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    The role of audience participation and task relevance on change detection during a card trick

    Smith, Tim J. (2015) The role of audience participation and task relevance on change detection during a card trick. Frontiers in Psychology 6 (13), ISSN 1664-1078.

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    Abstract

    Magicians utilize many techniques for misdirecting audience attention away from the secret sleight of a trick. One technique is to ask an audience member to participate in a trick either physically by asking them to choose a card or cognitively by having them keep track of a card. While such audience participation is an established part of most magic the cognitive mechanisms by which it operates are unknown. Failure to detect changes to objects while passively viewing magic tricks has been shown to be conditional on the changing feature being irrelevant to the current task. How change blindness operates during interactive tasks is unclear but preliminary evidence suggests that relevance of the changing feature may also play a role (Triesch, Ballard, Hayhoe & Sullivan, 2003). The present study created a simple on-line card trick inspired by Triesch and colleagues’ (2003) that allowed playing cards to be instantaneously replaced without distraction or occlusion as participants were either actively sorting the cards (Doing condition) or watching another person perform the task (Watching conditions). Participants were given one of three sets of instructions. The relevance of the card color to the task increased across the three instructions. During half of the trials a card changed color (but retained its number) as it was moving to the stack. Participants were instructed to immediately report such changes. Analysis of the probability of reporting a change revealed that actively performing the sorting task led to more missed changes than passively watching the same task but only when the changing feature was irrelevant to the sorting task. If the feature was relevant during either the pick-up or put-down action change detection was as good as during the watching block. These results confirm the ability of audience participation to create subtle dynamics of attention and perception during a magic trick and hide otherwise striking changes at the center of attention.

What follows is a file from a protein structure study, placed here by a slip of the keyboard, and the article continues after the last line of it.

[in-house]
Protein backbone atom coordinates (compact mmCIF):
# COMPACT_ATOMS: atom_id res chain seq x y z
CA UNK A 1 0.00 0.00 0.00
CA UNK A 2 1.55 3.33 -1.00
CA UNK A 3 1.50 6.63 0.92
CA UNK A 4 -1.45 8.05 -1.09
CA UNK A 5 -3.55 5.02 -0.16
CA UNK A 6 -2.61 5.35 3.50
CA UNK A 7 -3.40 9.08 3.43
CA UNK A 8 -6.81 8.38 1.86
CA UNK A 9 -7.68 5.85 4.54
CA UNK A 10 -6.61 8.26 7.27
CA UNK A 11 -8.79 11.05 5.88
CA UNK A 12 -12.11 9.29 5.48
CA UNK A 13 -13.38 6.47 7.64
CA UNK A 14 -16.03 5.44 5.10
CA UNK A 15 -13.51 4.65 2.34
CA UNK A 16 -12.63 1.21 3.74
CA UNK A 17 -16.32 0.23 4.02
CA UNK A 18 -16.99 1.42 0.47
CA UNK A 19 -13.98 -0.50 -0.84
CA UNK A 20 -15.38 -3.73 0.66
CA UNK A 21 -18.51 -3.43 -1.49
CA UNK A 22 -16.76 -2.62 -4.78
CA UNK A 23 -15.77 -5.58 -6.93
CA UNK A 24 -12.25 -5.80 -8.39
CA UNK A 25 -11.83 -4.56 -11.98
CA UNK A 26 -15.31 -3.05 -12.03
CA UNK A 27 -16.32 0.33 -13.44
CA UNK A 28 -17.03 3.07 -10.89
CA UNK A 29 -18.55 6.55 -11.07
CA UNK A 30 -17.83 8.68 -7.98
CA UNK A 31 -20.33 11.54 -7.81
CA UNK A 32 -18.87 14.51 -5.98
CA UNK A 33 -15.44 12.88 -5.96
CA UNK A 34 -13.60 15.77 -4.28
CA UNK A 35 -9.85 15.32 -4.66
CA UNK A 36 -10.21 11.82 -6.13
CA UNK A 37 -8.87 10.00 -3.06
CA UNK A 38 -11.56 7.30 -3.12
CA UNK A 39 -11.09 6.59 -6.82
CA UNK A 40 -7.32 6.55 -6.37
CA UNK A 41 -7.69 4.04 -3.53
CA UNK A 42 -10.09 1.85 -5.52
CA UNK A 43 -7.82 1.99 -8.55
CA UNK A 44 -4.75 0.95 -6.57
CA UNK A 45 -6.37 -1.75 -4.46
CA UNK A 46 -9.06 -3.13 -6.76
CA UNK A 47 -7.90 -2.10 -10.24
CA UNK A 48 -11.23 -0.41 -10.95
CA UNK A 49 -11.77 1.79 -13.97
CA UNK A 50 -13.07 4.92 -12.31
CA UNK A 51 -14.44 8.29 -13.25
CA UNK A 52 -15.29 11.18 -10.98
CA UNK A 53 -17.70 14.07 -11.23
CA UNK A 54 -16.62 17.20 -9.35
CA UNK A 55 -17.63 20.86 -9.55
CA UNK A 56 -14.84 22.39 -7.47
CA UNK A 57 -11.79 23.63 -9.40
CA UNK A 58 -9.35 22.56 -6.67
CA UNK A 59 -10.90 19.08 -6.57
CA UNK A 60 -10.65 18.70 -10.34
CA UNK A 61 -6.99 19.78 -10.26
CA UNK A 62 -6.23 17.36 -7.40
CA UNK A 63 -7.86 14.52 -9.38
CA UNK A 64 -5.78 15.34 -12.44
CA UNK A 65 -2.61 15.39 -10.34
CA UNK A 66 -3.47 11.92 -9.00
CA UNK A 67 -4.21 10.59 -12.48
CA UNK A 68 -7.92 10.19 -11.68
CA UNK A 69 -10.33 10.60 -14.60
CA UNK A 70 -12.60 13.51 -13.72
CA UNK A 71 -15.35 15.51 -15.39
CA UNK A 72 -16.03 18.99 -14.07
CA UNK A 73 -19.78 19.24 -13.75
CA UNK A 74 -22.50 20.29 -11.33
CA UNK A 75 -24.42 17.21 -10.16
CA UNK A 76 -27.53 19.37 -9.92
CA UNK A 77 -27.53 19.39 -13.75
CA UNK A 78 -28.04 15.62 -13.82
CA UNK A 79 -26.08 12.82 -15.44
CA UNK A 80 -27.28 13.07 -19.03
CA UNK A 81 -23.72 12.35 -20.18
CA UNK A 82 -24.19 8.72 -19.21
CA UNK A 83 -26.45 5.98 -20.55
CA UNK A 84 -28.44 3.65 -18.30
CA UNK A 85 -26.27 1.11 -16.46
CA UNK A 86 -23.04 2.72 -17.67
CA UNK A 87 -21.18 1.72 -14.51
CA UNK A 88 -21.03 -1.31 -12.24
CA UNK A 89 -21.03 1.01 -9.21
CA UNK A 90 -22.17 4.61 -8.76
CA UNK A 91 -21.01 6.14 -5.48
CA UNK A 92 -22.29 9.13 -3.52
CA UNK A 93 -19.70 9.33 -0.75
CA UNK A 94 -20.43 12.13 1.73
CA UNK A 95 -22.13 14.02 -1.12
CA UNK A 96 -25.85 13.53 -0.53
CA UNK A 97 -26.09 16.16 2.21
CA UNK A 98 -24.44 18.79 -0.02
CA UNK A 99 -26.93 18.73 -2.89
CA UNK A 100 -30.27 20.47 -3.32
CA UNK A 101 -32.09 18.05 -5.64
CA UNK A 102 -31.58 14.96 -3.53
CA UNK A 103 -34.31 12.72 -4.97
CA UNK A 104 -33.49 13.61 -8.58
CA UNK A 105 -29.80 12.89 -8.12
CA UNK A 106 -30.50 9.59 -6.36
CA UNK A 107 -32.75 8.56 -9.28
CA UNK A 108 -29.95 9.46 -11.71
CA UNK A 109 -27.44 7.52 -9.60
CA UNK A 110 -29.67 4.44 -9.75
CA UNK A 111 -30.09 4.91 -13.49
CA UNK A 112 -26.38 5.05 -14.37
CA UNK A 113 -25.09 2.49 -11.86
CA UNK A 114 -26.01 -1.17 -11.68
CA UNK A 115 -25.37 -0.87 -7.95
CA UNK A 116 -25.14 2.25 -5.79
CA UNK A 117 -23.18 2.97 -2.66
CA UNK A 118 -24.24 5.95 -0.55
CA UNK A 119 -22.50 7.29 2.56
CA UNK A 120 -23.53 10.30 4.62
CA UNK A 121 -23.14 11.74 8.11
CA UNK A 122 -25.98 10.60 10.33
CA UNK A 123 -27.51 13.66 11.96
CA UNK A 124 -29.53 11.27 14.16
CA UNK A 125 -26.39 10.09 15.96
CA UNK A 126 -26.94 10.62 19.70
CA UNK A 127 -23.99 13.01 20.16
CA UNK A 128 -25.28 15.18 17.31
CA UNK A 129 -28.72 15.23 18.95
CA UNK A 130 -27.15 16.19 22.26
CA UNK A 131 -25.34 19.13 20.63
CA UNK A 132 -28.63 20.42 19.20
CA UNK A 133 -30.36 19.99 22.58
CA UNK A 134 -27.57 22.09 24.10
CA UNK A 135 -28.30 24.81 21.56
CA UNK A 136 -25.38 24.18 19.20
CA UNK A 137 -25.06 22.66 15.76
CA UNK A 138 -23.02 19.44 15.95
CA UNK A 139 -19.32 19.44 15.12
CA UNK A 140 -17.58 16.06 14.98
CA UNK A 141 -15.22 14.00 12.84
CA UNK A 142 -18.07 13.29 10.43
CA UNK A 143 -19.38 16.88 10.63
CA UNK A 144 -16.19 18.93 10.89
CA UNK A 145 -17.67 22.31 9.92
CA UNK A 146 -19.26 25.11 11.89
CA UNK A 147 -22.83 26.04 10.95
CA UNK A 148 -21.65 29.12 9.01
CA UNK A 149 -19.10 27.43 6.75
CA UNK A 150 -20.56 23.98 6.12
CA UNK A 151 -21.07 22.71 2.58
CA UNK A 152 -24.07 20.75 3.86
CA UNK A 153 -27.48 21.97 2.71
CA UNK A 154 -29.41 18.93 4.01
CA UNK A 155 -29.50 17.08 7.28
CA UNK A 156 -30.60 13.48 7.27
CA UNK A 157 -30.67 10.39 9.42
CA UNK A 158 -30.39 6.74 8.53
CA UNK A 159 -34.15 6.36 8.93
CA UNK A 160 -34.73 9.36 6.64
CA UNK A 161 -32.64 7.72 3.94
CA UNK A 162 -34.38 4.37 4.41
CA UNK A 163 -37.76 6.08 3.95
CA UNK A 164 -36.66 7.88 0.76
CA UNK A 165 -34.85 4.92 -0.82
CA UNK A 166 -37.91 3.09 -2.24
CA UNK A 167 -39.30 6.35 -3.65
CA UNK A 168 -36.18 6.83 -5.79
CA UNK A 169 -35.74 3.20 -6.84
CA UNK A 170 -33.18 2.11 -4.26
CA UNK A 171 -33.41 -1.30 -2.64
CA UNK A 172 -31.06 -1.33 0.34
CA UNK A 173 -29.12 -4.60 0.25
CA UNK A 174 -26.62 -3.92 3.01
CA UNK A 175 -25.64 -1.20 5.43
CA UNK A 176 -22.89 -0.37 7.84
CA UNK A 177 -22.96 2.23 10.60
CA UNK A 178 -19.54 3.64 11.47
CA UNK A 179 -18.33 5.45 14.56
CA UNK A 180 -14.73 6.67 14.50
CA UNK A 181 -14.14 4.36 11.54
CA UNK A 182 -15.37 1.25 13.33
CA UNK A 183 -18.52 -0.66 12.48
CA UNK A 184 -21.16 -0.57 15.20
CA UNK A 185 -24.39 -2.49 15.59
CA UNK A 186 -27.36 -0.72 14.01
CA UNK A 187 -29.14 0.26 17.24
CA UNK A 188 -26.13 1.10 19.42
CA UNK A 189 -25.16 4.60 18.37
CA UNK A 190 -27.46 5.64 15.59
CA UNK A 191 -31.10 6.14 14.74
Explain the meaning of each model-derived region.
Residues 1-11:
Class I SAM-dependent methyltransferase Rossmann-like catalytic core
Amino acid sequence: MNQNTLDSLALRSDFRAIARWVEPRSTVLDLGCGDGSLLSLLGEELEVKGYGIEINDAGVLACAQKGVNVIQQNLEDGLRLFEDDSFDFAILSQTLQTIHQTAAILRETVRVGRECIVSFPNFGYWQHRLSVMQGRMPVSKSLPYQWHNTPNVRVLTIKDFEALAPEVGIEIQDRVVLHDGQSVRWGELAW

Metadata

    Item Type: Article
    Keyword(s) / Subject(s): Card trick, change blindness, Attention, Perception, agency, web experiment, Magic
    School: Birkbeck Schools and Departments > School of Science > Psychological Sciences
    Research Centre: Moving Image, Birkbeck Institute for the (BIMI), Brain and Cognitive Development, Centre for (CBCD)
    Depositing User: Tim Smith
    Date Deposited: 16 Jan 2015 17:12
    Last Modified: 14 Dec 2016 09:43
    URI: http://eprints.bbk.ac.uk/id/eprint/11468

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